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The state of the working in Florida
By CHRISTINA REXRODE, Times Staff Writer
Published September 3, 2007
Washington, Columbus and Dr. Martin Luther King Jr. all have their days. Today, Labor Day, celebrates you.
So in honor of the holiday for the hoi polloi, here's a look at the state of Florida workers and a brief history on how this celebration came about.
(Oh, and if you're grilling out and enjoying a paid holiday today, be grateful: According to the Center for Law and Social Policy, a quarter of American workers won't get that privilege.)
How does compensation in Florida compare with the rest of the country?
The median wage in Florida in 2006 was $14.31 per hour, which ranked 27th in the nation. That's according to a report released Sunday by the Research Institute on Social and Economic Policy at Florida International University. Florida has traditionally been viewed as a state with a low cost of living, which long helped offset mediocre wages. But the state is losing that allure: The FIU report concludes that the weighted average cost of living here is 107.6, which means it's almost 8 points above the national average.
So the wages aren't great. But is it easy to get a job in Florida?
Generally, yes. As of July, unemployment was 3.9 percent, the lowest of the 10 most populous states. Most economists would consider that full employment, meaning everyone who really wants a job has one. But job creation is starting to slow: Even though 3.9 percent is a low rate of unemployment, it's up from 3.5 percent the previous month and 3.3 percent the previous year.
What career paths should I avoid?
Maybe the ones that have lost jobs in the state over the past year. Construction is the No. 1 loser here, shedding 17,900 jobs. The manufacturing and information sectors also lost jobs.
So who's creating jobs?
Over the past year, Florida has added jobs in education, health services, leisure and hospitality, professional and business services, and government. Government is now starting to ax jobs, though, because of the statewide budget crunch.
Do unions have a strong presence in Florida?
No. Only 5.2 percent of Florida workers are unionized, according to the FIU report. That makes Florida 45th in the country for unionization rates; the national average is 12 percent. Florida is a right-to-work state, which means that workers cannot be required to join a union.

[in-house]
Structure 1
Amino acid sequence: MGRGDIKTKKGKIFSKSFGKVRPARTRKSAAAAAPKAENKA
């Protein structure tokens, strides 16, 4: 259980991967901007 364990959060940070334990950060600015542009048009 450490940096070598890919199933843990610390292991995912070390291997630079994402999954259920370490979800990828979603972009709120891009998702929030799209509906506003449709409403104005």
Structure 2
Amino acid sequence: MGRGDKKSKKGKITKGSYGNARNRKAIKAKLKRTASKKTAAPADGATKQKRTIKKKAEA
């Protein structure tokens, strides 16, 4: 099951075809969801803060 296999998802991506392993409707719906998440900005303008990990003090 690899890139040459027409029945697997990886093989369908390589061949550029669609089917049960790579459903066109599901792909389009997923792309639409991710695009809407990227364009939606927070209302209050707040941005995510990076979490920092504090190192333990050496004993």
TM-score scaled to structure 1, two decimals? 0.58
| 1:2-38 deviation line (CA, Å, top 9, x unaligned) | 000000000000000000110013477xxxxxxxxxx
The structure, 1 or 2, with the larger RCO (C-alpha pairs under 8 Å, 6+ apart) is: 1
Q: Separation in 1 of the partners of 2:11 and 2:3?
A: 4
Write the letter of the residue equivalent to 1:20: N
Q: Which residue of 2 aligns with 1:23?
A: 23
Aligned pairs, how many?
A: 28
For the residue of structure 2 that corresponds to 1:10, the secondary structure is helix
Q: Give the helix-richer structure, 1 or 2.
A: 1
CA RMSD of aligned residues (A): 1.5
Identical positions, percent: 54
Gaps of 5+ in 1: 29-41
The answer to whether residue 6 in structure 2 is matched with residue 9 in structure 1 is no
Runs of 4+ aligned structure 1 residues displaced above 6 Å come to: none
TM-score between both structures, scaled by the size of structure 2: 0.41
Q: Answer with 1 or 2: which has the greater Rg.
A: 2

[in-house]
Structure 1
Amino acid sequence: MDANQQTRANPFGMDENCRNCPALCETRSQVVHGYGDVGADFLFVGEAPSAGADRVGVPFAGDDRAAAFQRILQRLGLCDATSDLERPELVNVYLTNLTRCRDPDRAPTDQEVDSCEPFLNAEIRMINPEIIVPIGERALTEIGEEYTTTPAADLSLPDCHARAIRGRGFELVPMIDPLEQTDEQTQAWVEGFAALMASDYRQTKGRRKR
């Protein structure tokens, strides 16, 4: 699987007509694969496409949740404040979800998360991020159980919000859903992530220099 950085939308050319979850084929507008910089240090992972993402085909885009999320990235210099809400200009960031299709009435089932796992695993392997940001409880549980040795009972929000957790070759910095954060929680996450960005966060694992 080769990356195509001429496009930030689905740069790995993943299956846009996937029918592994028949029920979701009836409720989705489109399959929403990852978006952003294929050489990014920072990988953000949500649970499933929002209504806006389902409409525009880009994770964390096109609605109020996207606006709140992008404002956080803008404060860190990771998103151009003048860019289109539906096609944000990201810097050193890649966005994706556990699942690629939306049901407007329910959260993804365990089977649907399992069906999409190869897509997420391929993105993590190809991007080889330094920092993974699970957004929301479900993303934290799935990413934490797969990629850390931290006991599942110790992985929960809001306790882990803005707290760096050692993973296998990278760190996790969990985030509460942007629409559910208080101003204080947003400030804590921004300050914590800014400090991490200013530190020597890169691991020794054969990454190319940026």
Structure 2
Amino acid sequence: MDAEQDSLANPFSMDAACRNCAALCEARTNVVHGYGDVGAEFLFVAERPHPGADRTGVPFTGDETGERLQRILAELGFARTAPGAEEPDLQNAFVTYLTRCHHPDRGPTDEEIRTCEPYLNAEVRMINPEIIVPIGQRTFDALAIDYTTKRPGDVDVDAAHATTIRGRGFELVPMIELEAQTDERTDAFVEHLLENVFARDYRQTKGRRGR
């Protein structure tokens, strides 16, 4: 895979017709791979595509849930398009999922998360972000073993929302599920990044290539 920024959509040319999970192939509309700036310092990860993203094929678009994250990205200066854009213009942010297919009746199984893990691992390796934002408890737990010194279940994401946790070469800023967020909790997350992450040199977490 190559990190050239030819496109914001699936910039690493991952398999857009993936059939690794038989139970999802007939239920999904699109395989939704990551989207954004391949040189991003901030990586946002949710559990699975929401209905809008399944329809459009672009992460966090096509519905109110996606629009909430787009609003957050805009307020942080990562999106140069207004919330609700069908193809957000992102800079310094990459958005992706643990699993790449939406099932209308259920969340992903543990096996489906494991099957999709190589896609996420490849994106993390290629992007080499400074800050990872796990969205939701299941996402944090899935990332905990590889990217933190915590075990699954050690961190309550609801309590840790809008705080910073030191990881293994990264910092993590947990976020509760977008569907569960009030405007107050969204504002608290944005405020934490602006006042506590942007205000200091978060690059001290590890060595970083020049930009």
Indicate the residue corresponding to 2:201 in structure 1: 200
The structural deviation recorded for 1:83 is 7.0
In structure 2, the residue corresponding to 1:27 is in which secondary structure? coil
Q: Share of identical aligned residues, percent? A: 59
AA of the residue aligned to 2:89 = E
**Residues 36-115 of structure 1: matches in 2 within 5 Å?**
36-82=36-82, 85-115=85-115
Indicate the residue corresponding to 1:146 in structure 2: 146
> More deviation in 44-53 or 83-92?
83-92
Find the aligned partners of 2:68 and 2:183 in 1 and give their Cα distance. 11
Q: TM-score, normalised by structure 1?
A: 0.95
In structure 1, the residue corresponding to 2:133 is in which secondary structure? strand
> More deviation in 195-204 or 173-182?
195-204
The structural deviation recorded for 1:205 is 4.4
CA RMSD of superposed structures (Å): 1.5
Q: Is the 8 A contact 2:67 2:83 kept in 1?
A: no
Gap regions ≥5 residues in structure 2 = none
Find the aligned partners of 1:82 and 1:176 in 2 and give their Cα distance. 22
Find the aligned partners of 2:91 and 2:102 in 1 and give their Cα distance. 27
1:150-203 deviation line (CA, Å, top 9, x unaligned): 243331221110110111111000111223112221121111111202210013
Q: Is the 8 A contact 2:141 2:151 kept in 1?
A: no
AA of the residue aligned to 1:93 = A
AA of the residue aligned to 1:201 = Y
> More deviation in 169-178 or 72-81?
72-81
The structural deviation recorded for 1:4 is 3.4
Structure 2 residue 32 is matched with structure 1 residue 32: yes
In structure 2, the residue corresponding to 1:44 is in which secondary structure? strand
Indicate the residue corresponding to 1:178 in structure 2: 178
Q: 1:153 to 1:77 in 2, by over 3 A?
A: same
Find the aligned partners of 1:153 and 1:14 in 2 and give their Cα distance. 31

How did Labor Day begin?
It is believed to have started with a parade of 10,000 workers in New York on Sept. 5, 1882. Union leader and carpenter Peter McGuire wanted a day to honor those "who from rude nature have delved and carved all the grandeur we behold." He suggested September in order to provide a break during the long stretch between Independence Day and Thanksgiving. Others give credit to Matthew Maguire, a union leader and machinist from Paterson, N.J. Both helped stage the '82 parade. By the next year, more than half the states had their own Labor Day, and in 1894, President Grover Cleveland signed a bill making it a federal holiday.
Where is it celebrated?
Although the first parade was on a Tuesday, the celebration quickly moved to the first Monday in September and is observed throughout the United States, Puerto Rico and Canada. In 1889, a congress of world socialist parties held in Paris voted to support the U.S. labor movement's demand for an eight-hour workday. It chose May 1, 1890, as a day of demonstrations. Afterward, May 1 became a holiday called Labor Day in many nations. In Australia, it is called Eight Hour Day.
How has the celebration changed over the years?
The New York unions proposed a day to honor the social and economic achievements of workers and their contributions to America's prosperity. They thought it should include a parade to show the strength and spirit of labor organizations, followed by a picnic or festival for workers and their families. Speeches by prominent men and women came later. For decades it was also used to let workers air their grievances. Labor Day eventually took on a more holiday atmosphere and became summer's last hurrah.
Information from the Department of Labor, Library of Congress, World Book and Times files was used in this report.